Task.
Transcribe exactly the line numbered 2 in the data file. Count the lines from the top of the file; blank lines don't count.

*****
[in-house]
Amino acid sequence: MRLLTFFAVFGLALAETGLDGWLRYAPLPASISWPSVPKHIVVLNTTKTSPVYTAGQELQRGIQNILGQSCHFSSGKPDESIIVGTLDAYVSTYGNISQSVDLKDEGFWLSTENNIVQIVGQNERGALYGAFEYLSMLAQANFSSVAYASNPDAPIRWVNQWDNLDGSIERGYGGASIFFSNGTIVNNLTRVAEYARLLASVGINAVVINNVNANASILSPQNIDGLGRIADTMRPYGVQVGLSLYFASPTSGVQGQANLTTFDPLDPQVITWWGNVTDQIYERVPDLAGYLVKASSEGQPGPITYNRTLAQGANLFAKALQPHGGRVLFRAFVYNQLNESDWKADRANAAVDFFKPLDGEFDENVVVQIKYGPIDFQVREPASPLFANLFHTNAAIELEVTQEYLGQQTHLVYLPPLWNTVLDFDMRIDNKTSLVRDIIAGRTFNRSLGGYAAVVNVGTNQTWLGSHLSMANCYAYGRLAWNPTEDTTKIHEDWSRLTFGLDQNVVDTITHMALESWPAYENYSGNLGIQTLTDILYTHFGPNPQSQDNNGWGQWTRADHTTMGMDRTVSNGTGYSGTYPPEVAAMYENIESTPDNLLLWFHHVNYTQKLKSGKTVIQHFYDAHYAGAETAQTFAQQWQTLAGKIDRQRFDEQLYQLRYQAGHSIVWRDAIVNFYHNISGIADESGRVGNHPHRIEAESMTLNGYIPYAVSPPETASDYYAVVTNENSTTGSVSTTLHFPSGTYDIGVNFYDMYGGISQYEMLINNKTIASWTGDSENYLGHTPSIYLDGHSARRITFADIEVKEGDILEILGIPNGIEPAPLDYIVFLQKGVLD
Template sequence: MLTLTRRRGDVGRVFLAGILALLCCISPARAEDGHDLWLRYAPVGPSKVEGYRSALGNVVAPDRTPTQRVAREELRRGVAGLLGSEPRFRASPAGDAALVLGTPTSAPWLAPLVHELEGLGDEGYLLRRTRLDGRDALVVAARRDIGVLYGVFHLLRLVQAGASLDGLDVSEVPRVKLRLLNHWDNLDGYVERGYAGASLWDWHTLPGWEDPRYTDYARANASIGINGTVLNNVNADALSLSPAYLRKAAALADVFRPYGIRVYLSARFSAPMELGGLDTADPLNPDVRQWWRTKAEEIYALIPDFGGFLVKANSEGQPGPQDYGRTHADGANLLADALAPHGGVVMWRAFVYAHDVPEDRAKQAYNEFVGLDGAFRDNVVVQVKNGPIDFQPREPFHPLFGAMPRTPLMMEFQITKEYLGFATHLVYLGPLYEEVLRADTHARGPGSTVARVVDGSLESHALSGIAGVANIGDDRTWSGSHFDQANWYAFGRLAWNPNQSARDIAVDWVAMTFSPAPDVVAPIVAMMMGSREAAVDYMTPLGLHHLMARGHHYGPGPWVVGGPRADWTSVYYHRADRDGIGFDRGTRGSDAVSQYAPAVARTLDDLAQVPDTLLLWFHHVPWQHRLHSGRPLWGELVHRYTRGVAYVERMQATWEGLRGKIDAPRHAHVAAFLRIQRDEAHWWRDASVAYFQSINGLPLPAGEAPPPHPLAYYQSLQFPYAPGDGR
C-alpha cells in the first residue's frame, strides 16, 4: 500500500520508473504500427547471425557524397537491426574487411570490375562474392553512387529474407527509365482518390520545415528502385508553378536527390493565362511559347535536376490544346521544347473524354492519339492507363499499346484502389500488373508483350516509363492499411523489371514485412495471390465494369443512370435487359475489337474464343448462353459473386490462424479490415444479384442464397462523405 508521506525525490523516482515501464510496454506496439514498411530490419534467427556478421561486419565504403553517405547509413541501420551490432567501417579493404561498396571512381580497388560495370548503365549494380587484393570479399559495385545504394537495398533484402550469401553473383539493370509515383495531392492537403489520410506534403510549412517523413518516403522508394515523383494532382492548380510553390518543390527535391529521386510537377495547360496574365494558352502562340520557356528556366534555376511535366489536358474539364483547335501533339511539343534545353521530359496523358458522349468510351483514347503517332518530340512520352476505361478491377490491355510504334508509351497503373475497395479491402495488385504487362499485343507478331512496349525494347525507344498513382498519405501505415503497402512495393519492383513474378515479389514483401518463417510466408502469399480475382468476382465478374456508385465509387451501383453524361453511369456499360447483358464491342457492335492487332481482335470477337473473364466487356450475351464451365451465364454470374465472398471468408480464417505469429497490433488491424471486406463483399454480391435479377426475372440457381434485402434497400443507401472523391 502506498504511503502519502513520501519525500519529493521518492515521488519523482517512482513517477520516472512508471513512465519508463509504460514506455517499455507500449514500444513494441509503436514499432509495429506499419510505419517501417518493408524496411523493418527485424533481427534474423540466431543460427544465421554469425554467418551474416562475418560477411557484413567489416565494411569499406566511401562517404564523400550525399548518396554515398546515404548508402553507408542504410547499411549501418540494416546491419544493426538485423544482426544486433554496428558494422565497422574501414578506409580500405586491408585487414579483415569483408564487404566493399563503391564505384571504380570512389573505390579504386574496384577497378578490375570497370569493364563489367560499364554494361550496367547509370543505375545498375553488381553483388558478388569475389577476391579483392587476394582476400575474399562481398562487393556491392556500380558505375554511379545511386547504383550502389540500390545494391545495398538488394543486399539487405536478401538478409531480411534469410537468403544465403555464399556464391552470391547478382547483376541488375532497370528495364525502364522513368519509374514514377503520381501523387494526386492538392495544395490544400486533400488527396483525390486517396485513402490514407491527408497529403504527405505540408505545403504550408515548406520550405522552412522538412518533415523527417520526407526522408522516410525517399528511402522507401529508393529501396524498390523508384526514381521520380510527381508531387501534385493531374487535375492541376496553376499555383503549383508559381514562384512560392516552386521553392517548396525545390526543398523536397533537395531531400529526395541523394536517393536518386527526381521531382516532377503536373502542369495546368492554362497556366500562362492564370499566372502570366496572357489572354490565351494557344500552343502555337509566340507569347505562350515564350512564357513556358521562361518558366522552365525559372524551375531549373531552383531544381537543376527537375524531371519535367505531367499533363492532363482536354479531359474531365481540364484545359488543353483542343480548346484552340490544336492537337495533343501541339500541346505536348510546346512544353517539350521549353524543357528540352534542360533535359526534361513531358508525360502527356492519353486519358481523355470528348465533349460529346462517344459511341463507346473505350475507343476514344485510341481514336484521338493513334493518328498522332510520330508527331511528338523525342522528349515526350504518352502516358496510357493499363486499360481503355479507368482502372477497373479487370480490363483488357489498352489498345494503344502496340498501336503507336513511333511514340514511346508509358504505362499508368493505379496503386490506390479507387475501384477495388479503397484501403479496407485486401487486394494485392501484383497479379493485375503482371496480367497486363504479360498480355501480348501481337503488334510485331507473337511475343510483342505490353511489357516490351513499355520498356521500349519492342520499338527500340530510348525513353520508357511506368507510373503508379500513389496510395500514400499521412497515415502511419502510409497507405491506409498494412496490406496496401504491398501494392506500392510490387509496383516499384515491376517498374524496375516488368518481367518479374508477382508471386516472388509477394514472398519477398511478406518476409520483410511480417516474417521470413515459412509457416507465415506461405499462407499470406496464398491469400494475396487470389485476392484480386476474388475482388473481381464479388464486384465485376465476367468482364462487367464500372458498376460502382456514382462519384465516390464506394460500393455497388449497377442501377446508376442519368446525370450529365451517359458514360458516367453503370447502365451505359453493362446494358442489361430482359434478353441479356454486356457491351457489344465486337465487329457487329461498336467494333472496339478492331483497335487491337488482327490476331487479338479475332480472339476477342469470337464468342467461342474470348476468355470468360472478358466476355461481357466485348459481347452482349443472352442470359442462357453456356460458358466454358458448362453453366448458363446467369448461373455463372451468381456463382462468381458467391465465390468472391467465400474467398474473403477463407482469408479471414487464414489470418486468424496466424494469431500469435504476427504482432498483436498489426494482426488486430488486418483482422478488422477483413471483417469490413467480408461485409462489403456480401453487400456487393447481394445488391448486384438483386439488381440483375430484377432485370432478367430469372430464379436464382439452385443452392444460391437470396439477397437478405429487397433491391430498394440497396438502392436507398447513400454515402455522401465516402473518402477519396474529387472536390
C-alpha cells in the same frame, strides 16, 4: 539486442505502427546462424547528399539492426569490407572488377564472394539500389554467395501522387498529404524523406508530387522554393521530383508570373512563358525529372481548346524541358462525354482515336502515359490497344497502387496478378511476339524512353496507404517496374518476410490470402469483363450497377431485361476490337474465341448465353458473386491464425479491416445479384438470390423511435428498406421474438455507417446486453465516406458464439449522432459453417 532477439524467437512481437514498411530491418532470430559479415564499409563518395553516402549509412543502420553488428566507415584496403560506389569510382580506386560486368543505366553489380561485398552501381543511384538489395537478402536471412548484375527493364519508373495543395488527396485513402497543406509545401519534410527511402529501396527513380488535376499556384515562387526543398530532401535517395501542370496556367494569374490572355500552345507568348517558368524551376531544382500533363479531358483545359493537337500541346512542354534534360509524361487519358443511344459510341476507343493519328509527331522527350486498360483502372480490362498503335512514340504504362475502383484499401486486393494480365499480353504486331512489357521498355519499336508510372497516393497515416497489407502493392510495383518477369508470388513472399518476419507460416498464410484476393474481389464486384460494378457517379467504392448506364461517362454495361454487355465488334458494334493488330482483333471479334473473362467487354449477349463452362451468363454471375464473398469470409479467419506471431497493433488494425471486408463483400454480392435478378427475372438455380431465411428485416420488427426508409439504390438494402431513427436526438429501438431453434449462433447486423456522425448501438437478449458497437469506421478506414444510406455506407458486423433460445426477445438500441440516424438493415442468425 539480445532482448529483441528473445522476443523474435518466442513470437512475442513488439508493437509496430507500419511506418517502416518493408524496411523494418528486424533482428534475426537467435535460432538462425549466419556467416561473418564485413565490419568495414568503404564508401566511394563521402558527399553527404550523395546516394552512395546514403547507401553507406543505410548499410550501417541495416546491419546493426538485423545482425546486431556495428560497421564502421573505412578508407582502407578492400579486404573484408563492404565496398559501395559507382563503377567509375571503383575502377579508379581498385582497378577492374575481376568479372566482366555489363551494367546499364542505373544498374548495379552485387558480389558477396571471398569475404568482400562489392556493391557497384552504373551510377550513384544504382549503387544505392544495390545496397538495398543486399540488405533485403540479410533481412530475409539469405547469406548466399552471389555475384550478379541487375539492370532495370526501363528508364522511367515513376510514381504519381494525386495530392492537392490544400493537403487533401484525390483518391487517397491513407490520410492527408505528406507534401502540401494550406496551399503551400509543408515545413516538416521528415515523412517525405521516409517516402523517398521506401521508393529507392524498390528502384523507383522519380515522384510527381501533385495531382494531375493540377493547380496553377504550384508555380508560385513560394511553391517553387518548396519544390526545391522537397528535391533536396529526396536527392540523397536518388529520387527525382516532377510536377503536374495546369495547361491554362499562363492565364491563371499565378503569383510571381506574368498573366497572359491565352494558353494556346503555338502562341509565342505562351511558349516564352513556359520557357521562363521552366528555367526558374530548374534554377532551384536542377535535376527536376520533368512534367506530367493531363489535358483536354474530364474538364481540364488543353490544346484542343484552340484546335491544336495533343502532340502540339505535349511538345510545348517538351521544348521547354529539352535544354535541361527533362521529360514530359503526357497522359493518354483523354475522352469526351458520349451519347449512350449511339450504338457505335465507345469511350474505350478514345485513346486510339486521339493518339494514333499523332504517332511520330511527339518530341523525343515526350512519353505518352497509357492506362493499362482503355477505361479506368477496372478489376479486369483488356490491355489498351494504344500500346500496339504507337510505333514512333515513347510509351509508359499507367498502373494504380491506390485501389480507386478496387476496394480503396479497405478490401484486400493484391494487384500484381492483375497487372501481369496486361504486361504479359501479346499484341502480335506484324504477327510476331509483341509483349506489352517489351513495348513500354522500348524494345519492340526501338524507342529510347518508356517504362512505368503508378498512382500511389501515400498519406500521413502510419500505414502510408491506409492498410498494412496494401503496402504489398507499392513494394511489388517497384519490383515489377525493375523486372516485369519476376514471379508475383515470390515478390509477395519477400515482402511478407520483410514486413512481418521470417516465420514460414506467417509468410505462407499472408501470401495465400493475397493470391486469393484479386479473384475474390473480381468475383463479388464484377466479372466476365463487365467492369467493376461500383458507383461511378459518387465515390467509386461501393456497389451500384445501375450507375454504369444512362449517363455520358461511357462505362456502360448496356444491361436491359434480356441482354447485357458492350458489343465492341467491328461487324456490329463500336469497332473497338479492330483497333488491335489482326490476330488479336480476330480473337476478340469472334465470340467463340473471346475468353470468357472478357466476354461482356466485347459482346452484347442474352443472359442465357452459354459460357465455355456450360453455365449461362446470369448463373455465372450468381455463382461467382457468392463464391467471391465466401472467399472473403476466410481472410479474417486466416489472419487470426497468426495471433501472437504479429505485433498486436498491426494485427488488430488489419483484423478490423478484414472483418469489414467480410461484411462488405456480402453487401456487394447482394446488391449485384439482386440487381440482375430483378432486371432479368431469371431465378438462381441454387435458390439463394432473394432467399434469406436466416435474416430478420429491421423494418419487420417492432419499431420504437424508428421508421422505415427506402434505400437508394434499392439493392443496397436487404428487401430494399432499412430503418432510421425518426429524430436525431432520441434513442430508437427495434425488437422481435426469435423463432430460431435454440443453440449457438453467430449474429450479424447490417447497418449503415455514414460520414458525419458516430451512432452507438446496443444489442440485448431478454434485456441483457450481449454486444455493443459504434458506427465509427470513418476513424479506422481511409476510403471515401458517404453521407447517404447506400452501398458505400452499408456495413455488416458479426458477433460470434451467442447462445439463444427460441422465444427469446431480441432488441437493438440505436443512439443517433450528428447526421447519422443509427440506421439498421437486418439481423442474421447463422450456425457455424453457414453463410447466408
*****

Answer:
Amino acid sequence: MRLLTFFAVFGLALAETGLDGWLRYAPLPASISWPSVPKHIVVLNTTKTSPVYTAGQELQRGIQNILGQSCHFSSGKPDESIIVGTLDAYVSTYGNISQSVDLKDEGFWLSTENNIVQIVGQNERGALYGAFEYLSMLAQANFSSVAYASNPDAPIRWVNQWDNLDGSIERGYGGASIFFSNGTIVNNLTRVAEYARLLASVGINAVVINNVNANASILSPQNIDGLGRIADTMRPYGVQVGLSLYFASPTSGVQGQANLTTFDPLDPQVITWWGNVTDQIYERVPDLAGYLVKASSEGQPGPITYNRTLAQGANLFAKALQPHGGRVLFRAFVYNQLNESDWKADRANAAVDFFKPLDGEFDENVVVQIKYGPIDFQVREPASPLFANLFHTNAAIELEVTQEYLGQQTHLVYLPPLWNTVLDFDMRIDNKTSLVRDIIAGRTFNRSLGGYAAVVNVGTNQTWLGSHLSMANCYAYGRLAWNPTEDTTKIHEDWSRLTFGLDQNVVDTITHMALESWPAYENYSGNLGIQTLTDILYTHFGPNPQSQDNNGWGQWTRADHTTMGMDRTVSNGTGYSGTYPPEVAAMYENIESTPDNLLLWFHHVNYTQKLKSGKTVIQHFYDAHYAGAETAQTFAQQWQTLAGKIDRQRFDEQLYQLRYQAGHSIVWRDAIVNFYHNISGIADESGRVGNHPHRIEAESMTLNGYIPYAVSPPETASDYYAVVTNENSTTGSVSTTLHFPSGTYDIGVNFYDMYGGISQYEMLINNKTIASWTGDSENYLGHTPSIYLDGHSARRITFADIEVKEGDILEILGIPNGIEPAPLDYIVFLQKGVLD